WizardSpider using legitimate services as cloak of invisibility

Ransomware has continued to play a dominant role in the 2021 threat landscape alongside the unravelling SolarWinds saga and the recent wave of ProxyLogon attacks to deploy webshells on vulnerable Microsoft Exchange Servers [1]. Since the start of the year, Cyjax analysts have tracked a malicious spam (malspam) campaign and cybercriminal operation, dubbed WizardSpider (also known as Gold Blackburn or TEMP.MixMaster). The group has had to adapt its tactics, techniques, and procedures (TTPs) to support its attacks since the Emotet spam botnet was brought down by law enforcement in January. A successful infection and failure to detect the group’s malware and lateral movement tools can lead to the domain-wide deployment of Ryuk ransomware or its alternative, Conti.

The malspam campaign has been improved and is notably supported by several legitimate services. It uses free cloud, email marketing, and web hosting services to evade detection due to the decreased likelihood of these being pre-emptively blocked by their targets. To evade antivirus and endpoint detection and response (EDR) systems, the group uses code-signing certificates to masquerade as trusted software. Every step of the infection chain has been carefully designed to slip past basic analysis and maintain persistence.

One of the group’s tools, dubbed BazarLoader – which first appeared in April 2020 and is named for its use of the .bazar gTLD – has been the initial access for many ransomware attacks in the last six months. It is often followed by Cobalt Strike and Anchor_DNS, and subsequent network reconnaissance, lateral movement, credential dumping, privilege escalation, and eventually domain-wide ransomware deployment. [2]

During our daily monitoring, Cyjax analysts received several reports of BazarLoader landing pages, used to serve URLs to malicious EXE files, disguised as PDFs. We dug a little deeper and uncovered several similar pages submitted to public sandboxes and reported on social media. We also found that this same chain, previously used by BazarLoader, had been replaced by Cobalt Strike Beacons. This new malspam campaign has been dubbed BazarStrike by threat researchers. [6]

Fig. 1 – Infection chains used to distribute the BazarLoader.

Fig. 2 – Infection chain used by BazarStrike to target a UK-based online retailer.

As shown above, the attackers start with a generic-looking email that contains a malicious URL to one of three marketing services: gr8[.]com, getresponsepages[.]com, and subscribemenow[.]com. The landing pages use multiple themes – including PwC, COVID-19, and medical reports – but have primarily consisted of a shared document notification.

Fig. 3 – Alternative chain using the PwC logo to distribute “LawyerCustomerComplaint.exe”.

Several months of research of malicious file and URL submission sites and open sources revealed several of the services WizardSpider uses for free payload storage. These were the following:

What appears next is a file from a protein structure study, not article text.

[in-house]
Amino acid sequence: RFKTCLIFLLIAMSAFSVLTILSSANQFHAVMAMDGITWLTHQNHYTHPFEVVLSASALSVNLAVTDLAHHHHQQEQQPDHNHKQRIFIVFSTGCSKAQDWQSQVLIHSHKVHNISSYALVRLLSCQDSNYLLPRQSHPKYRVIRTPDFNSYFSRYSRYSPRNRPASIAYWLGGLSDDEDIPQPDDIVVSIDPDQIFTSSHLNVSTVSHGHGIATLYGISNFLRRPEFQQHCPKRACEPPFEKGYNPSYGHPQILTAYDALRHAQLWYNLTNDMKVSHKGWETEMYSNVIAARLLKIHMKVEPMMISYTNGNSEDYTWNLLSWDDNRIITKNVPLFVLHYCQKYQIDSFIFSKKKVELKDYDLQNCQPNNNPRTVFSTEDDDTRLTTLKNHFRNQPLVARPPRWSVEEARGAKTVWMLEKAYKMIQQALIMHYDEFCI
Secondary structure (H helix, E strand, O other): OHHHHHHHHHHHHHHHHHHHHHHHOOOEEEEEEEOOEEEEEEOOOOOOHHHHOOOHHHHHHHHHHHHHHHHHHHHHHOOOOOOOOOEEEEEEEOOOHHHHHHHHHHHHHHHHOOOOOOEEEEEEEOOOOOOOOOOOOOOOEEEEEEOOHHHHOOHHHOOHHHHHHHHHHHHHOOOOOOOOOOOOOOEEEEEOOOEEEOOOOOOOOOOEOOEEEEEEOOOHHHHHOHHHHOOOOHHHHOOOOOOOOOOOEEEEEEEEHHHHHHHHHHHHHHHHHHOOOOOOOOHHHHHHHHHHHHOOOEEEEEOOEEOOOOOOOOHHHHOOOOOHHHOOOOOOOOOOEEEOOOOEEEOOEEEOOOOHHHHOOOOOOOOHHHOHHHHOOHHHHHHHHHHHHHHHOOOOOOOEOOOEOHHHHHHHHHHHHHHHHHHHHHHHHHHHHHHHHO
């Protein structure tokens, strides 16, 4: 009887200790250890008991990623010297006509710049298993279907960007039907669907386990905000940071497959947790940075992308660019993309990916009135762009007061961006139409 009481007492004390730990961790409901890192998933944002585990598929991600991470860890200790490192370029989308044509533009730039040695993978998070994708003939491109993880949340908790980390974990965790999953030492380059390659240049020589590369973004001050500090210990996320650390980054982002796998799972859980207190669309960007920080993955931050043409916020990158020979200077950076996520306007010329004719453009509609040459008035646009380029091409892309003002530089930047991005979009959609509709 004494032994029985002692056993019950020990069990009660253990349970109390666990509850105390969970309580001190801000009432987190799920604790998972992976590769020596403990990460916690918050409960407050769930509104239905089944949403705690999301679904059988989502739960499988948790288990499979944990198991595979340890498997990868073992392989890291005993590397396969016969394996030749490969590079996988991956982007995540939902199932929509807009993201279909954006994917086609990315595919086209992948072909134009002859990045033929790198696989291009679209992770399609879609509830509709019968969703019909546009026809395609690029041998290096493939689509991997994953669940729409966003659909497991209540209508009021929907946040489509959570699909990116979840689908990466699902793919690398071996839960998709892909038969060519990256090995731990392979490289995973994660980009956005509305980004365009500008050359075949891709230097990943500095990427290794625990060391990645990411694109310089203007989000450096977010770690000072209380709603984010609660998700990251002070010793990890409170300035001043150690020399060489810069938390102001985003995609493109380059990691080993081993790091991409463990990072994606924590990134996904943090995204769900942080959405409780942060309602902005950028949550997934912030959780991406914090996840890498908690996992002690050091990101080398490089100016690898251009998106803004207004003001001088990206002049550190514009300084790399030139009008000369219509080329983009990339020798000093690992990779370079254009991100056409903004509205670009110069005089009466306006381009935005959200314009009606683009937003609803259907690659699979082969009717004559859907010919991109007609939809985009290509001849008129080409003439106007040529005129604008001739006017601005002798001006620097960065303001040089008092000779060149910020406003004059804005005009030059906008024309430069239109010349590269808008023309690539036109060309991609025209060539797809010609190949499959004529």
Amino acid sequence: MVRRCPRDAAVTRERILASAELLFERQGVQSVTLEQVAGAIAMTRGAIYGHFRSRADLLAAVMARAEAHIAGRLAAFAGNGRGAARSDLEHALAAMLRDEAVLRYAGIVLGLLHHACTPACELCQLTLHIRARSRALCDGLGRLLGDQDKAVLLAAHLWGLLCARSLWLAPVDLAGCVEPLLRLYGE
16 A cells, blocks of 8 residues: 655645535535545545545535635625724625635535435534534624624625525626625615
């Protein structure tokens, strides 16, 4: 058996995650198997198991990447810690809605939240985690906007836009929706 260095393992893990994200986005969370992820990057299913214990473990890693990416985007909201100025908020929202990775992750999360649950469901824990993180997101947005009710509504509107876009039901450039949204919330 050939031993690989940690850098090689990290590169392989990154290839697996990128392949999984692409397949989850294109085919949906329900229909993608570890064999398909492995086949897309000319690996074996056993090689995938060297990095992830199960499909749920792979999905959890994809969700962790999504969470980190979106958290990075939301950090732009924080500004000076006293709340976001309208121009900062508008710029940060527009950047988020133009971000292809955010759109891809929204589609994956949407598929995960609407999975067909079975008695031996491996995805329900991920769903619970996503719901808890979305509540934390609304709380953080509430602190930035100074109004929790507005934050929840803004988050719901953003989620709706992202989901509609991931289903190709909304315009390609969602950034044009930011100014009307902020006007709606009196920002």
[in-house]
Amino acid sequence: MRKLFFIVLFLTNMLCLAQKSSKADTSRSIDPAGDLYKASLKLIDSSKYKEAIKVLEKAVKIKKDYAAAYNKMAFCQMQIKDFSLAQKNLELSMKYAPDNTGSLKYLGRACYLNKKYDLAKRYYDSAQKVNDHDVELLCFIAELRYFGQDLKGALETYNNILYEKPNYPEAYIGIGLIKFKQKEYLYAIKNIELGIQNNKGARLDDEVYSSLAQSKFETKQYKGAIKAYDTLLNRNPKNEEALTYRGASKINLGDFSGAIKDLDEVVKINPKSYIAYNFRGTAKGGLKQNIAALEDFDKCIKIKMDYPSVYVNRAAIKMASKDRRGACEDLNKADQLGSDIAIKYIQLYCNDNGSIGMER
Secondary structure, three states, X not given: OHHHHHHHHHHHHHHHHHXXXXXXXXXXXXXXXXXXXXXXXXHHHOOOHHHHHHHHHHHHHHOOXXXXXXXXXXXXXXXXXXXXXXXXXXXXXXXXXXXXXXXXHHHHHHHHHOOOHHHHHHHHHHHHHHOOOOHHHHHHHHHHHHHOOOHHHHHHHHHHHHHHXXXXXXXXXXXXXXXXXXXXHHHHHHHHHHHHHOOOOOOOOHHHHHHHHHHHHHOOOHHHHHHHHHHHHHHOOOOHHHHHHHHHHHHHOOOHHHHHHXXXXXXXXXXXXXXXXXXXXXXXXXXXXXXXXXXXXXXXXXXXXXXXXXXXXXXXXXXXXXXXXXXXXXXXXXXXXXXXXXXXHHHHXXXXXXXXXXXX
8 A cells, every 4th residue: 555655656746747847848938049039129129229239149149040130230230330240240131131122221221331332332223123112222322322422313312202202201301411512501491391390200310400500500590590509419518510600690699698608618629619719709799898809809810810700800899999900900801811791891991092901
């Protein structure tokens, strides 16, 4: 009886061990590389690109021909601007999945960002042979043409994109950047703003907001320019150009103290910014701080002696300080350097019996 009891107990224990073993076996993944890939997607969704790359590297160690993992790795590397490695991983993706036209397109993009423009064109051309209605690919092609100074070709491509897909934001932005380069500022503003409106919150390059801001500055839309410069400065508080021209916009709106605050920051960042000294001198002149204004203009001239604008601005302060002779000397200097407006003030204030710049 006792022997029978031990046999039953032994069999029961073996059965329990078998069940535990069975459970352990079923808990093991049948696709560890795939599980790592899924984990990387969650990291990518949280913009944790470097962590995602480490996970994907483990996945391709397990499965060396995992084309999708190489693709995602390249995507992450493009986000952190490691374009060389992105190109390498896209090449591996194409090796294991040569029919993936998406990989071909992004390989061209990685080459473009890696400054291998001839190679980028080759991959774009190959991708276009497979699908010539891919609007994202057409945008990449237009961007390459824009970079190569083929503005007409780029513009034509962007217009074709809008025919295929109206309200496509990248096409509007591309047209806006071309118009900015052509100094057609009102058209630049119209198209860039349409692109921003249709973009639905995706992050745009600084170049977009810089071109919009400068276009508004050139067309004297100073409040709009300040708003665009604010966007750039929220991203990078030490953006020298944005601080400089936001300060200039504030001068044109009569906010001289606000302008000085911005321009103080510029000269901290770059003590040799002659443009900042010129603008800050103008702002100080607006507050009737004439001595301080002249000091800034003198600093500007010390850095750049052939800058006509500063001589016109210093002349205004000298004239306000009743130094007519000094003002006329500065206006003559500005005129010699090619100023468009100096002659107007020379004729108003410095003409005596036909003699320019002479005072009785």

• Google (drive[.]google[.]com, docs[.]google[.]com) (1, 2)
  • Slack (files-origin[.]slack[.]com) (1)
  • Trello (trello-attachments[.]s3[.]amazonaws[.]com) (1)
  • Basecamp (basecampstorage[.]blob[.]core, public[.]3[.]basecamp[.]com) (1, 2)
  • SendGrid (sendgrid[.]net)

The leveraging of several legitimate platforms simultaneously makes it difficult for defenders to spot malicious activity and it is unlikely these trusted services will be pre-emptively blocked. It is also worth noting that in the spam emails recipients are also asked to “copy link and paste to browser”: this will further bypass protection systems that prevent clicking malicious links in emails.

Fig. 4 – Spam email pushing BazarStrike, masquerades as a Citrix employee.

The most recent BazarLoader campaign, dubbed BazarCall, is now making use of phone lines operated by call centres that direct users to another landing page that drops a macro-enabled Excel file. If opened, the BazarLoader is delivered. A successful infection is later followed by a Cobalt Strike Beacon and Anchor_DNS (as was the case in previous iterations of this campaign – see above). [7, 8, 9]

The WizardSpider group is one of the most successful and experienced cybercriminal gangs in operation. Its Trickbot malware first appeared in 2016 and Ryuk ransomware campaigns began in 2018. Analysis of the cryptocurrency transactions connected to the Ryuk ransomware’s known addresses revealed that its estimated earnings may be as much as $150 million. In August 2020, WizardSpider began to publish data stolen from its victims to Conti leak sites. At the time of writing, over 298 victims have appeared on those sites, the highest number of all 27 ransomware gangs that are known to use this tactic. [10]

Reducing the chances of being targeted by WizardSpider and its ransomware campaigns requires a multi-pronged approach. Clearly, the best way of preventing attacks is to stop the threat actors at the initial access stage. As such, bolstering email security to prevent phishing attacks, improving endpoint security to detect malware, and upgrading vulnerability management to prevent exploitation of public-facing applications and brute-forcing are all key defence methods. This group, however, is one of the most successful at malicious spam campaigns and ill-prepared organisations, without the right tools to detect and prevent such attacks, are at serious risk. It is recommended that organisations in all sectors look to maintain regular backups; having a recovery process in place is also key to mitigating the effects of a successful ransomware attack.

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